The separation of powers is central to limited government, and limited government is axiomatic for freedom. The separation of powers divides the key functions of government, effectively balancing one off against the other. A free press is often regarded as an informal, separate branch of government (the "fourth estate") in that it freely investigates and scrutinises all branches and powers of government, and informs the people of what those institutions of power, authority, and control are conspiring to do.
The separation of powers makes for messy government at times--well, actually, most of the time. It means that things can't get done--which is to say that the wills of the separated powers of government are often thwarted. Either one branch of government is set against another, bringing stalemate, or the end outcome can be quite different from what some governmental powers intended. Messiness is the price of freedom.
But to the modern mind, government ineffectualness is an indicator of weakness.
In Western societies where increasingly power is believed to be an essential attribute of government and where people look to their government more and more as their omnicompetent god, frustration and impatience with messy, ineffectual government grows.
Messy, ineffectual government is a blessing. It means that the potential damage of government power is limited. The more effective a government is in having its way, the more powerful it is. The less freedom its citizens consequently have. The adage, "the government that governs least, governs best" holds true. But increasingly, Western peoples regard messy government as a curse, a blasphemy against their established religion. If government is one's god, divine messiness and bumbling is unacceptable.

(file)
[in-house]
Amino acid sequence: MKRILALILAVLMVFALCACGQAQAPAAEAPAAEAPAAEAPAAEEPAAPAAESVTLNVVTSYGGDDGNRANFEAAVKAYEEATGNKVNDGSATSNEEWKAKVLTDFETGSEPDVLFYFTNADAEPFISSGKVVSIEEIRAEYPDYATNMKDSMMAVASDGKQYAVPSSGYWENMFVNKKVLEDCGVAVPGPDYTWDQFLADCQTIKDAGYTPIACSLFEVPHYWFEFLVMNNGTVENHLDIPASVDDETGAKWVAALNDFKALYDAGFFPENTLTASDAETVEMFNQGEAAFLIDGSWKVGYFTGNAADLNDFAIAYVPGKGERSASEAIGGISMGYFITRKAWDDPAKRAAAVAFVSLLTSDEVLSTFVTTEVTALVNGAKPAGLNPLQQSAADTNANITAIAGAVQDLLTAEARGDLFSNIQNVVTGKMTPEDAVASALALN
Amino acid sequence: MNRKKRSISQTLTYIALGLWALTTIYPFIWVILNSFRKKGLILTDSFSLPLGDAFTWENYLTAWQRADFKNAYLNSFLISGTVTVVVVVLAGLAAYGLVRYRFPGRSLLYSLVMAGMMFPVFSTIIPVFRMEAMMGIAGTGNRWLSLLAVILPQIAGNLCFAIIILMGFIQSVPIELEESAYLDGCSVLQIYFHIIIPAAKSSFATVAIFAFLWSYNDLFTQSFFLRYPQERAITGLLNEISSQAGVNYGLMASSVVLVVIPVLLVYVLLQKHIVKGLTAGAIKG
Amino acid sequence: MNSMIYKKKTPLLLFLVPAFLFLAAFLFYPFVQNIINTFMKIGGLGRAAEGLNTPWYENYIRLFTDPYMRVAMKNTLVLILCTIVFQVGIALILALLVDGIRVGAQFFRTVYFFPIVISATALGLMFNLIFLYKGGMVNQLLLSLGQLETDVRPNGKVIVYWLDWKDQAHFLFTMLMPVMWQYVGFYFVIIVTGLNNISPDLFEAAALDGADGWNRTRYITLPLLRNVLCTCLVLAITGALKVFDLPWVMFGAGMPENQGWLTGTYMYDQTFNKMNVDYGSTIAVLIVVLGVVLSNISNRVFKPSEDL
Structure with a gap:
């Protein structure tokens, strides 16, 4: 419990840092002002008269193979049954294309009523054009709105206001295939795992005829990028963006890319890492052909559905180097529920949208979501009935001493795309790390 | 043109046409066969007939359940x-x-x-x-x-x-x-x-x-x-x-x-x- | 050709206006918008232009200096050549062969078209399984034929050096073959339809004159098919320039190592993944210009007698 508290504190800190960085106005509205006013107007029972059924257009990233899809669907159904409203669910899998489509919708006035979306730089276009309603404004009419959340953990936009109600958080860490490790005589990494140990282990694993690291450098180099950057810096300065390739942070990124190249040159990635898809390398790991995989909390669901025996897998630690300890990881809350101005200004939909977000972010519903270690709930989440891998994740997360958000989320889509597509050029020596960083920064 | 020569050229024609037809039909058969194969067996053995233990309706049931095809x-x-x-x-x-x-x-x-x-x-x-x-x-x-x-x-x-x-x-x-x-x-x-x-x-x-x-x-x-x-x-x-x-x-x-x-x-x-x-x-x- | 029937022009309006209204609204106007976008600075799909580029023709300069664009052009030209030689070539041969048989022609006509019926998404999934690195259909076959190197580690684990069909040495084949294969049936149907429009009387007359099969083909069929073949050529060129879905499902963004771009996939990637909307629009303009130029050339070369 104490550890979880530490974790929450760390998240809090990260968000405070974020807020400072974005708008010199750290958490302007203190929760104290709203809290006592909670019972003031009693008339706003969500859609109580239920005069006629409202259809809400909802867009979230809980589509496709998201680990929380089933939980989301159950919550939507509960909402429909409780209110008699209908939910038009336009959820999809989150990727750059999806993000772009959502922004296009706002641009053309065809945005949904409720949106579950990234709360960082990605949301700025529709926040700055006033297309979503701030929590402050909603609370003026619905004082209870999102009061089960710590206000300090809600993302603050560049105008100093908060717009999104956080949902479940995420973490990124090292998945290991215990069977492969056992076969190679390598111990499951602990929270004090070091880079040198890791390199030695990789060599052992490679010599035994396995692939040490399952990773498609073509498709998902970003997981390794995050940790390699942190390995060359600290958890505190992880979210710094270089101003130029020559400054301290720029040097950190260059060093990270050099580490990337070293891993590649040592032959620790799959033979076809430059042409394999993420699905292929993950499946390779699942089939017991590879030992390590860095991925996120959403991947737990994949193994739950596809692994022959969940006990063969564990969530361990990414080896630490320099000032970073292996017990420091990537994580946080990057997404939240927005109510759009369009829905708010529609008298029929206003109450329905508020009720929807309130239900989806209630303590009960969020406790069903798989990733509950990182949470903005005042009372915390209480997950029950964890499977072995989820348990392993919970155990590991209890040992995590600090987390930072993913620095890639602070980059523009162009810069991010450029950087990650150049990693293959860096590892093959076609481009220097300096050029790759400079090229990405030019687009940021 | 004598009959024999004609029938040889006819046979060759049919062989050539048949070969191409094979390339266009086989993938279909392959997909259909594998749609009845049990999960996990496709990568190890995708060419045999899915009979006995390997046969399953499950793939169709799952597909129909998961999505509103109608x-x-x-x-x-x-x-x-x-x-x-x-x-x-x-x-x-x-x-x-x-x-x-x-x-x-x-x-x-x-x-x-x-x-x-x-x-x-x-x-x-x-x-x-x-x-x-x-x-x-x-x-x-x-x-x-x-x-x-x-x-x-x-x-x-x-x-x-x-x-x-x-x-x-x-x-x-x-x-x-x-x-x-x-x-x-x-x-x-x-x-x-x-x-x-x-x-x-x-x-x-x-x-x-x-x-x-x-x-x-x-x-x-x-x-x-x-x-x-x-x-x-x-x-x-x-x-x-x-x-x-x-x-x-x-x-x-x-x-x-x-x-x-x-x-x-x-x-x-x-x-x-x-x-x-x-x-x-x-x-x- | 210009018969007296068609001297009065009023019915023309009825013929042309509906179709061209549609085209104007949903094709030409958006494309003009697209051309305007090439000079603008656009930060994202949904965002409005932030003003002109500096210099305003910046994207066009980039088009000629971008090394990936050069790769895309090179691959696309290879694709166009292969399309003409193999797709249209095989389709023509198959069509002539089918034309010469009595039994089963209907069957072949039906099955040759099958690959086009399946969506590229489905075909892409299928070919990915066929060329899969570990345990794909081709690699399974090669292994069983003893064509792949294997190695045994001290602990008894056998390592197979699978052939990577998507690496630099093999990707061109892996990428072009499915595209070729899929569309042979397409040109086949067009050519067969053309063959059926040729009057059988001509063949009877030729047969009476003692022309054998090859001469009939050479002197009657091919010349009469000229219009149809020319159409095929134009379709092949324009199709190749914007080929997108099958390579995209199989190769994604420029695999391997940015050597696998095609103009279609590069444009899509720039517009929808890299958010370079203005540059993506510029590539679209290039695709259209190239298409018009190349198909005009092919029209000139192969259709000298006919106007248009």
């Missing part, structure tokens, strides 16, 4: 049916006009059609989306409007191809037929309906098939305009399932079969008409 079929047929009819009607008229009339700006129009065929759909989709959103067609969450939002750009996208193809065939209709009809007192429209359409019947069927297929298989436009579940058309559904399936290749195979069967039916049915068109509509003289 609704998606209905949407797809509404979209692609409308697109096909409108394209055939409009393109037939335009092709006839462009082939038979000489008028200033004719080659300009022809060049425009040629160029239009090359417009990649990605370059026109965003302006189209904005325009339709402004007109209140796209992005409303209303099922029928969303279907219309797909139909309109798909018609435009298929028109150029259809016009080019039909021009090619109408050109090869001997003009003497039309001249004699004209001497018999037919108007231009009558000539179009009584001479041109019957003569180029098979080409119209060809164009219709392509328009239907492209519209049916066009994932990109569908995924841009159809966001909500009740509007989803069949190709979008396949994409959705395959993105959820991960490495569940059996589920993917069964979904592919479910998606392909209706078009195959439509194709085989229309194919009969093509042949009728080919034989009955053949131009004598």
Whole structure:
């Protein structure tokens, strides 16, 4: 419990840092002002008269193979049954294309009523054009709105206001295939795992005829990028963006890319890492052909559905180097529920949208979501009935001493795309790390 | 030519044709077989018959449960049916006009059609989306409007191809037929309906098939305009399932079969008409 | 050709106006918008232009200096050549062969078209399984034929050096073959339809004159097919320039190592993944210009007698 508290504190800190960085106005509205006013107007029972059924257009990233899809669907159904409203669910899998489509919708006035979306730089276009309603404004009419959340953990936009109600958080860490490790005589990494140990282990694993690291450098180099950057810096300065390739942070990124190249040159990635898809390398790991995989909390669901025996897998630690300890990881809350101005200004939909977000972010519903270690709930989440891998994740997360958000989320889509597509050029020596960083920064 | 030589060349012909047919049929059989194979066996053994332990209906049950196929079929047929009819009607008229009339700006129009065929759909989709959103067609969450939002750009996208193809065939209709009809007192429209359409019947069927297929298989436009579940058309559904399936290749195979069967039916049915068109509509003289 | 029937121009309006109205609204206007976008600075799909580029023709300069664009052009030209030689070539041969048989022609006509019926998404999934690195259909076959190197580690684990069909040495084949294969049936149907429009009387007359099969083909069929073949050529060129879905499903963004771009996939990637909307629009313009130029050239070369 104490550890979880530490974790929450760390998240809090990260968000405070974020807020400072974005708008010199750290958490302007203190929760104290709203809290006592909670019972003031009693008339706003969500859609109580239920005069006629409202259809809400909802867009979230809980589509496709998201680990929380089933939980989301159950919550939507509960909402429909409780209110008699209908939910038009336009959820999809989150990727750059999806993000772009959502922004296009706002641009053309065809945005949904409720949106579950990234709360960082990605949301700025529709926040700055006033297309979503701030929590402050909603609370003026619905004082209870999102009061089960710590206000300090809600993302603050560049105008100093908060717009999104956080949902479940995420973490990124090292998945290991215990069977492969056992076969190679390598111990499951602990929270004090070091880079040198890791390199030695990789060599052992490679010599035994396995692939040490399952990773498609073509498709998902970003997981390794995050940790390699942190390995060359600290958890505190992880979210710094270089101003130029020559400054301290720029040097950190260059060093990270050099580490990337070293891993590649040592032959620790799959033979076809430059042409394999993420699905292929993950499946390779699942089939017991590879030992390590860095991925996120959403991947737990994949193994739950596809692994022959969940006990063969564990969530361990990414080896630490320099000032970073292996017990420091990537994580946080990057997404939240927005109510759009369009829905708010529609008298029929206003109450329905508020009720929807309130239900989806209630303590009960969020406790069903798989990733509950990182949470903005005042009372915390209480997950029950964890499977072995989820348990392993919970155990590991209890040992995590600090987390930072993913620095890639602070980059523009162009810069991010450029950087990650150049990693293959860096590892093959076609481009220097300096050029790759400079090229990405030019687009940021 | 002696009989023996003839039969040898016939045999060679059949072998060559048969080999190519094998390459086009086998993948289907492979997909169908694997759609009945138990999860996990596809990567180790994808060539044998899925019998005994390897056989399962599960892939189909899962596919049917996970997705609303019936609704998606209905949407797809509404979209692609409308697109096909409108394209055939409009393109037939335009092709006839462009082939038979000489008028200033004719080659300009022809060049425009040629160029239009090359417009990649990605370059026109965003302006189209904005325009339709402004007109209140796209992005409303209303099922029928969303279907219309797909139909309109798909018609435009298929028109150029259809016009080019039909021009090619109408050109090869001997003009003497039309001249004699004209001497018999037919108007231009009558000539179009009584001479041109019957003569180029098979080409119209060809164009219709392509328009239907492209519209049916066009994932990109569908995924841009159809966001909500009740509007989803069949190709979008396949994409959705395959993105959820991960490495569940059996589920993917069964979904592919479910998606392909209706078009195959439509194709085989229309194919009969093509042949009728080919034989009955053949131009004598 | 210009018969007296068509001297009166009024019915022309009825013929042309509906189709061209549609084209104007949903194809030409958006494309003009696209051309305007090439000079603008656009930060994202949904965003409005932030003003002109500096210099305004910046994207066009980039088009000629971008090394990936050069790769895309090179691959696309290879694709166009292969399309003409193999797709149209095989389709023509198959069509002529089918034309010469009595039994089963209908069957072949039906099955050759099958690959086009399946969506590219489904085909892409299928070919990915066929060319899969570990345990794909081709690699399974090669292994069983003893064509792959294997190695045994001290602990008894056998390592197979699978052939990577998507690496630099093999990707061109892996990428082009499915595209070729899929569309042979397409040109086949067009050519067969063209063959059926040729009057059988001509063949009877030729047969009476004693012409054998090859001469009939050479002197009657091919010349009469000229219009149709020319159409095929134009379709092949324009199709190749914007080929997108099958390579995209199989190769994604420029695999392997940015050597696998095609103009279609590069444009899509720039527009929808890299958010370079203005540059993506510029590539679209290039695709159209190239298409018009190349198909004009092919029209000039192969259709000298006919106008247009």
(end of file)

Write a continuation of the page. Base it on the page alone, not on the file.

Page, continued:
When can government get things done cleanly and effectively under such as system of separate powers? When all the separate powers of government are aligned. When does that occur? Usually under one of two conditions. The first is benign. The separate powers of government become aligned and all push and pull in the same direction when there is a strong, even overwhelming, consensus amongst the citizens on a matter. Rich and poor, black and white, male and female, intellectual and artisan all pretty much agree on the issue at hand and what needs to be done. The judiciary, the executive, and the legislature eventually all become aligned and in concert.
The second is not benign. This occurs when the separate powers of government become aligned under an emergency, a clear and present danger to all. Such times usually mean that executive branch is granted emergency powers. These powers inevitably mean exploding governmental intrusion over citizens: the draft, internment of suspect ethnic groups, involuntary labour camps, censorship of the press, war without legal warrant, perpetual detainment without trial, spying on citizens, lying to the public--all of these we have seen in our recent history.